Solomon’s P3 Trilogy Has Begun!

First of all, what is Solomon’s P3 Trilogy? Three books of the Old Testament penned mainly by King Solomon. As I see them, each book’s main theme begins with a P:

P1 ~ Practical Living ~ (Proverbs)

P2 ~ Purposeful Living ~ (Ecclesiastes)

P3 ~ Passionate Loving ~ (Song of Solomon)

As our semester began this week, I introduced Solomon as the son of David and Bathsheba. When Solomon became king following David’s death, God told Solomon he could ask for anything and God would give it (1 Kings 3:5-8). Solomon asked for wisdom to rule God’s people. God not only gave him wisdom but also wealth, power and fame (1 Kings 3:9-13). Solomon’s books are considered books of poetry and wisdom.

His words of practical wisdom are amazingly relevant for those of us trying to figure out everyday life in the 21st Century. This book is more than a collection of clever advice, a few hat tricks and some handy tips. These are not just old sayings that concern people long ago and far away. No! These are universal principles that are timeless. They speak to modern problems as much as ancient because they address human nature and God’s ways. Human nature has not changed since Solomon’s day; God hasn’t changed either.

As we covered the first five chapters of Proverbs, we saw that the purpose and theme are found in in verses 2-7 of Proverbs 1. The whole key and our starting point in getting knowledge, wisdom, instruction, insight and understanding is given in 1:7 – “The fear of the LORD is the beginning of knowledge;”. That’s where we begin, with fearing the Lord; but what does that mean? 

We are told to fear the Lord over and over in proverbs and throughout the Bible. There are two realities in tension here. The fear of the Lord can mean terror and dread, and it can also mean reverence and respect.  We tend to minimize the terror/dread aspect because we don’t want to think that way. God is love, right? That’s not scary, right? But God is also holy and righteous and just. He punishes sin. He doesn’t just sweep it to the side; He deals with it. Think of the Cross! For those of us who have put our faith and trust in His Son as our Savior, we need to understand the terror from which we have been saved. Then we can bow before Him with the humility, awe and reverence due Him.

Here’s a quote by J. Gresham Machen. “The Christian must fear God. But it is another kind of fear. It is a fear rather of what might have been than of what is; it is a fear of what would come were we not in Christ. Without such fear there can be no true love; for love of the Savior is proportioned to one’s horror of that from which man has been saved.”

So understanding the fear of the Lord is first and foremost understanding the correct posture of the believer, and it’s one of deep desperation, servitude and humility before a holy and righteous God who has the ability to destroy us but has not because of the love that He has for us in Christ.  He is the light by which we see everything else. So to understand the fear of God is to understand who I am, both without Him and now in Him.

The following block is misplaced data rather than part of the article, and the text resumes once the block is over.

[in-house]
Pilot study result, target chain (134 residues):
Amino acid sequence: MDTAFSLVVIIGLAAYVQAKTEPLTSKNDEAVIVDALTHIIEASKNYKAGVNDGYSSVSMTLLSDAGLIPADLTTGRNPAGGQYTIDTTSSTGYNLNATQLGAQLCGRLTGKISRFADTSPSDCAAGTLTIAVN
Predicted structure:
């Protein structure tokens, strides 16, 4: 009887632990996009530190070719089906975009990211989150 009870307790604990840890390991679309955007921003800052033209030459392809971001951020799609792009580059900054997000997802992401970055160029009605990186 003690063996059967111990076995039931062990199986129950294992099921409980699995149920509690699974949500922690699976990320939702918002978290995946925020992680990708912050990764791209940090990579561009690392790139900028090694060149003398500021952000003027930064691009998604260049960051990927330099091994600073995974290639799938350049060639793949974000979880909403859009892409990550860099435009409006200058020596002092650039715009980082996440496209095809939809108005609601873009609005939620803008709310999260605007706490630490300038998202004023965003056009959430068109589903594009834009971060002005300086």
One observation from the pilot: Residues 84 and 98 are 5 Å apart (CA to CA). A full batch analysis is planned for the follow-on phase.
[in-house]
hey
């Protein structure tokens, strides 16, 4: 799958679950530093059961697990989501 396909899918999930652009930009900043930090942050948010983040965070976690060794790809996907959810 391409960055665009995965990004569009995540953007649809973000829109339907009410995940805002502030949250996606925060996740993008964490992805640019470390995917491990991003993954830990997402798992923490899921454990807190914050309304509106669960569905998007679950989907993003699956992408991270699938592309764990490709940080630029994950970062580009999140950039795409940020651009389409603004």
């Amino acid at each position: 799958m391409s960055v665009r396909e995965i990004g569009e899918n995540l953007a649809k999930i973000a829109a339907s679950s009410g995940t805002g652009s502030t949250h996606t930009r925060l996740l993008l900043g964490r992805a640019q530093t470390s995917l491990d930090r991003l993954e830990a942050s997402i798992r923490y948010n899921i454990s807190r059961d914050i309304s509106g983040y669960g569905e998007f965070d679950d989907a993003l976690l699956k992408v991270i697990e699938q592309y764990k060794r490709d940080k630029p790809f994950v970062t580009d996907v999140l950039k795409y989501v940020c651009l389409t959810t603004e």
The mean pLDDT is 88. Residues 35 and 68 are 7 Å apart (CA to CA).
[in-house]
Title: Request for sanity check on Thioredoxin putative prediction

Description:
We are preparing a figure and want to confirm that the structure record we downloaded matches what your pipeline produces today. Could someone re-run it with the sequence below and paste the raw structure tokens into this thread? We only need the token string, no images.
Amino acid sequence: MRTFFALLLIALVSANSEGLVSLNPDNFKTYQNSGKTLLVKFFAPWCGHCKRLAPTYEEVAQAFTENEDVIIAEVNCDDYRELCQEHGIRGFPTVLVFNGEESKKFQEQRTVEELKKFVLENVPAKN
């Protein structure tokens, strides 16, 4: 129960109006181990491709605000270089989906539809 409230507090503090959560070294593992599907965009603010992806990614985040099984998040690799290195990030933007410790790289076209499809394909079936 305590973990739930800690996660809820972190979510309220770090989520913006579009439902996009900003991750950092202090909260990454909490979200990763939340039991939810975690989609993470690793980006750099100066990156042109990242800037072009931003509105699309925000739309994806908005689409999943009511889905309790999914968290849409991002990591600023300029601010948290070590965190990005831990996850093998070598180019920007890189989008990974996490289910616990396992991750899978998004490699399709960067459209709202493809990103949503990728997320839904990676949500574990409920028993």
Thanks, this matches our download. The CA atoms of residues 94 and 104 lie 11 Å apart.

We begin to understand how to fear the Lord by considering who He is. Once we have developed a posture of dependence, humility, a recognition of who we are apart from God and now in God, who God is…then we are ready to receive what the Scriptures call “wisdom.” Now and only now are we ready to learn what it means to walk in godliness, to grow in our faith. To do it apart from that reality is to try it in our own strength and to do it out of our own fears. We need to do it out of a complete posture of dependence saying, “I need You. You are the One who will lead me, guide me and direct me. You are the One who knows all things. I am a follower of You. If You tell me to go left, I go left. Why? Because You know all things. And although I cannot see around the bend, I trust the One who is leading me.” So when the words in that relationship come to my heart, I need to know it’s for my good and for my joy. He is a good and gracious God. But it’s only when my heart is ready to receive instruction, when my heart is open for correction, when my heart is in a posture of humility, that wisdom is even possible. Wisdom is possible when humility is present.

So what happens when pride is present instead of humility? For me personally, a “smackdown” from God was the result. Proverbs 3:11-12 and Hebrews 12:5-11 tell us that God disciplines those He loves. This “smackdown” taught me more about the fear of the Lord in such a way that I dread it happening again, but I am thankful God cares for me enough to do so. Does that make sense?

As we continue in our study of Proverbs, expect to see more practical life lessons come alive as we tune in to His Word and His ways.

Blessings,

Mary

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